TOKYO (Kyodo) -- International Atomic Energy Agency Director General Rafael Grossi said Friday he is planning to visit the Zaporizhzhia nuclear plant in southern Ukraine in the near future.
The planned visit to the plant, now under Russia's control following its invasion of Ukraine, was announced as Grossi met with Japanese Prime Minister Fumio Kishida in Tokyo.
Grossi stressed the importance of ensuring the facility's safety, while Kishida told him that Japan "highly regards the IAEA's efforts."
According to the IAEA chief, Zaporizhzhia is the biggest nuclear power plant in Europe with six reactors.
"I am working very hard" to go for the third time to Ukraine, Grossi said at a press conference at the Japan National Press Club after meeting with Kishida.
In April, Grossi visited the Chernobyl nuclear plant in northern Ukraine, site of the world's worst nuclear accident in 1986. The plant was occupied by the Russian military for about a month.
Before visiting Chernobyl, he also visited the Southern Ukraine nuclear power plant, which was close to the war zone.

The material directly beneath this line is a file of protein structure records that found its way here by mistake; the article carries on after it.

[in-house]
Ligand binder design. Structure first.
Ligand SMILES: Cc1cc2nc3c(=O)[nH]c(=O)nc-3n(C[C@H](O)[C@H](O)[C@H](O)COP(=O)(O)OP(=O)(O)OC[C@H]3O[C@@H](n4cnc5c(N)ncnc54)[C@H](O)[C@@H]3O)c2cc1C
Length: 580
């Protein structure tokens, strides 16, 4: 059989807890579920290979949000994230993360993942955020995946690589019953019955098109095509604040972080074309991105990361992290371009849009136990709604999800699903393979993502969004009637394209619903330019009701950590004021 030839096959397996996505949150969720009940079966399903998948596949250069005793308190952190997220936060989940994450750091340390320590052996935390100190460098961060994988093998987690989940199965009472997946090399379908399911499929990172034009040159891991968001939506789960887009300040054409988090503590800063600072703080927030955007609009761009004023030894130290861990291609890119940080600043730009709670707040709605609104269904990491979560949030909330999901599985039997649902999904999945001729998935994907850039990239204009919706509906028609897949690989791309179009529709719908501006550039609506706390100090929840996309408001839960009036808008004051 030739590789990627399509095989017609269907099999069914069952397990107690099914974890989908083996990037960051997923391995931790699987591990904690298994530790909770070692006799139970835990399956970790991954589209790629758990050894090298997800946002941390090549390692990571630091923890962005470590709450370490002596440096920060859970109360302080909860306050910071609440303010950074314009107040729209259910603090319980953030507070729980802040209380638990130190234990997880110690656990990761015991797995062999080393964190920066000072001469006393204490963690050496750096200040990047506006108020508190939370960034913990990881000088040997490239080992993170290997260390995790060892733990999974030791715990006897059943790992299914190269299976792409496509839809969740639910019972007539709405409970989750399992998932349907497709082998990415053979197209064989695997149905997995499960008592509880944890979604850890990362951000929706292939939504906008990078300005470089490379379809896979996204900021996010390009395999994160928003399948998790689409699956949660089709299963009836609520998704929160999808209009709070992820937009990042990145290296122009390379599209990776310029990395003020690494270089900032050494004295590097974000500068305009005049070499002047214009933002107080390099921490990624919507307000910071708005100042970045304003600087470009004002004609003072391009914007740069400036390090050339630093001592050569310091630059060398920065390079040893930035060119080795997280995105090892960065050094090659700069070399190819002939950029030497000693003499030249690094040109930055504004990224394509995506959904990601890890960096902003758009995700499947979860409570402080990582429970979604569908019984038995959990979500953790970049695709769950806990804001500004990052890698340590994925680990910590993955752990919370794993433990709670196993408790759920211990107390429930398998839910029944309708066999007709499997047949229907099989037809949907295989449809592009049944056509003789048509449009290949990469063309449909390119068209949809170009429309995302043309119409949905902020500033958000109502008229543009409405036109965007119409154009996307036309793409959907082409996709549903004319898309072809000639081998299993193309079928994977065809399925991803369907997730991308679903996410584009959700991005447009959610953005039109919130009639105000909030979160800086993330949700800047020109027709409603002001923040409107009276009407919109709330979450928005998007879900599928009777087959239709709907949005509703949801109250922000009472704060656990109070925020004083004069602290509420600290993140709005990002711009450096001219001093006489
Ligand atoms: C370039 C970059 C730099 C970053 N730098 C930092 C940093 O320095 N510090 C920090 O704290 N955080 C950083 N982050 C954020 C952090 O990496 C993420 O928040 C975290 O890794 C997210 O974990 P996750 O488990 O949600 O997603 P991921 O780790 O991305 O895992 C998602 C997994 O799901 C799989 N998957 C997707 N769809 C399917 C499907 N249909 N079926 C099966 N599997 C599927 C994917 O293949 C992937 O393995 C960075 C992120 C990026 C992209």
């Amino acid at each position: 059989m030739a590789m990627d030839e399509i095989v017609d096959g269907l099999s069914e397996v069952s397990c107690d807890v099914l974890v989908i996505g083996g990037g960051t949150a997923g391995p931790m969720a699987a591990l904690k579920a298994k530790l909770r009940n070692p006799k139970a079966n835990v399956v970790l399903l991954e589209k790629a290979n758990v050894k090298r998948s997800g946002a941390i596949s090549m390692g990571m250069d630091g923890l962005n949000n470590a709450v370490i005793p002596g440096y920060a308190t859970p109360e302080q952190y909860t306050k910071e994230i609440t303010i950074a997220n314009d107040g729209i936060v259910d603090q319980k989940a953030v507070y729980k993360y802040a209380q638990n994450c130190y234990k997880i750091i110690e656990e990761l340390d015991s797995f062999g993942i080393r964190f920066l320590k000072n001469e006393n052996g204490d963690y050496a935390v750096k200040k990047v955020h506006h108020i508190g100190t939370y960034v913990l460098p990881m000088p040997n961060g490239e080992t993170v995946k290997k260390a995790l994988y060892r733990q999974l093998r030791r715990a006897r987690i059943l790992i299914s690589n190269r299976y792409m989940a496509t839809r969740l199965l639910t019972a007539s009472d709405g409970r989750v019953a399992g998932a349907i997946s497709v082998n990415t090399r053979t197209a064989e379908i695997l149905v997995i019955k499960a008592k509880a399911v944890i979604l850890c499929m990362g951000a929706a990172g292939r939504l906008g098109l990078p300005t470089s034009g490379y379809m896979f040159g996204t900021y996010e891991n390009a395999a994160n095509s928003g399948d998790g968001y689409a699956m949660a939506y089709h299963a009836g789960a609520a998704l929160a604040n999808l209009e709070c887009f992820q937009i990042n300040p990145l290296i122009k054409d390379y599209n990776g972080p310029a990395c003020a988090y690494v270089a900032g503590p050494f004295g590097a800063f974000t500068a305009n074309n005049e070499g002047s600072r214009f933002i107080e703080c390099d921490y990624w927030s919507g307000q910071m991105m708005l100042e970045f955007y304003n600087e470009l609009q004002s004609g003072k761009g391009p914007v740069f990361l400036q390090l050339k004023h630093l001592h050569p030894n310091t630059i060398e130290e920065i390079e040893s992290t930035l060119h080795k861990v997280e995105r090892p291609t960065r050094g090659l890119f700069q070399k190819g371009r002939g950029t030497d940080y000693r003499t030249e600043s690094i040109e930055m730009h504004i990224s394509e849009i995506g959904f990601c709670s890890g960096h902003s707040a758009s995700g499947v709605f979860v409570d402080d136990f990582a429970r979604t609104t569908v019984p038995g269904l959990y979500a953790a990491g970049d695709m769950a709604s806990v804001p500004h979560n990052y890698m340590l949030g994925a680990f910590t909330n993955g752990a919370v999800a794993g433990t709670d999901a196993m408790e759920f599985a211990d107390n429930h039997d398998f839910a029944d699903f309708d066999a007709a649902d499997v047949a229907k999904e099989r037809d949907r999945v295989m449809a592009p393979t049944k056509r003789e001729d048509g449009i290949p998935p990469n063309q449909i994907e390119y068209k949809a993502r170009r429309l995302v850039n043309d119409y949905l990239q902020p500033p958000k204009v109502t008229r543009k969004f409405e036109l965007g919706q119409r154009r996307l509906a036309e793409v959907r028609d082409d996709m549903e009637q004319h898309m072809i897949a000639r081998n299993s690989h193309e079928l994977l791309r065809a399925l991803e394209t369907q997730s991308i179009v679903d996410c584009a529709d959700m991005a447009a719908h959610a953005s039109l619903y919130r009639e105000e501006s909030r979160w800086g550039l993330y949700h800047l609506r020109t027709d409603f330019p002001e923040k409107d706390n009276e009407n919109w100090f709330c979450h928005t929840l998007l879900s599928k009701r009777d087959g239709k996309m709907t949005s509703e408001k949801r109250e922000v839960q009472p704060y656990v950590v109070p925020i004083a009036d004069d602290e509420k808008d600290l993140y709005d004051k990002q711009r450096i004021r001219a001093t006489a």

Grossi added he is in active consultations with the Ukrainian government and with Russia to ensure rapid access for the IAEA safeguard inspectors and nuclear safety and security experts.
During the meeting at the prime minister's office, Grossi and Kishida also discussed the IAEA's safety review of Japan's planned release of treated water into the sea from the crippled Fukushima Daiichi nuclear power plant.
Kishida said the review, conducted in February, was crucial in gaining the understanding of the Japanese people and of other countries.
The IAEA is scheduled to verify the safety of the plan again in the latter half of the year.
Grossi stressed at the press conference that it is an ongoing process and "a lot" of work still needs to be accomplished before the water discharge, expected to start around next spring.
"It will be a long process that will require meticulous work, and in this case, constant presence of IAEA," he said, as his agency has pledged to support Japan before, during and after the discharge process.
Grossi also pointed to the importance of actively engaging with local communities to address their concerns.
On Thursday, Grossi inspected the Fukushima plant, damaged by the 2011 earthquake and tsunami, and held talks with Foreign Minister Yoshimasa Hayashi in Tokyo.
Grossi and Hayashi agreed that the IAEA and Japan will cooperate on securing safety for nuclear power plants in Ukraine.
Hayashi pledged 2 million euros in Japanese aid to that end through the IAEA. The money would be used, among other things, to provide necessary equipment and dispatch IAEA experts.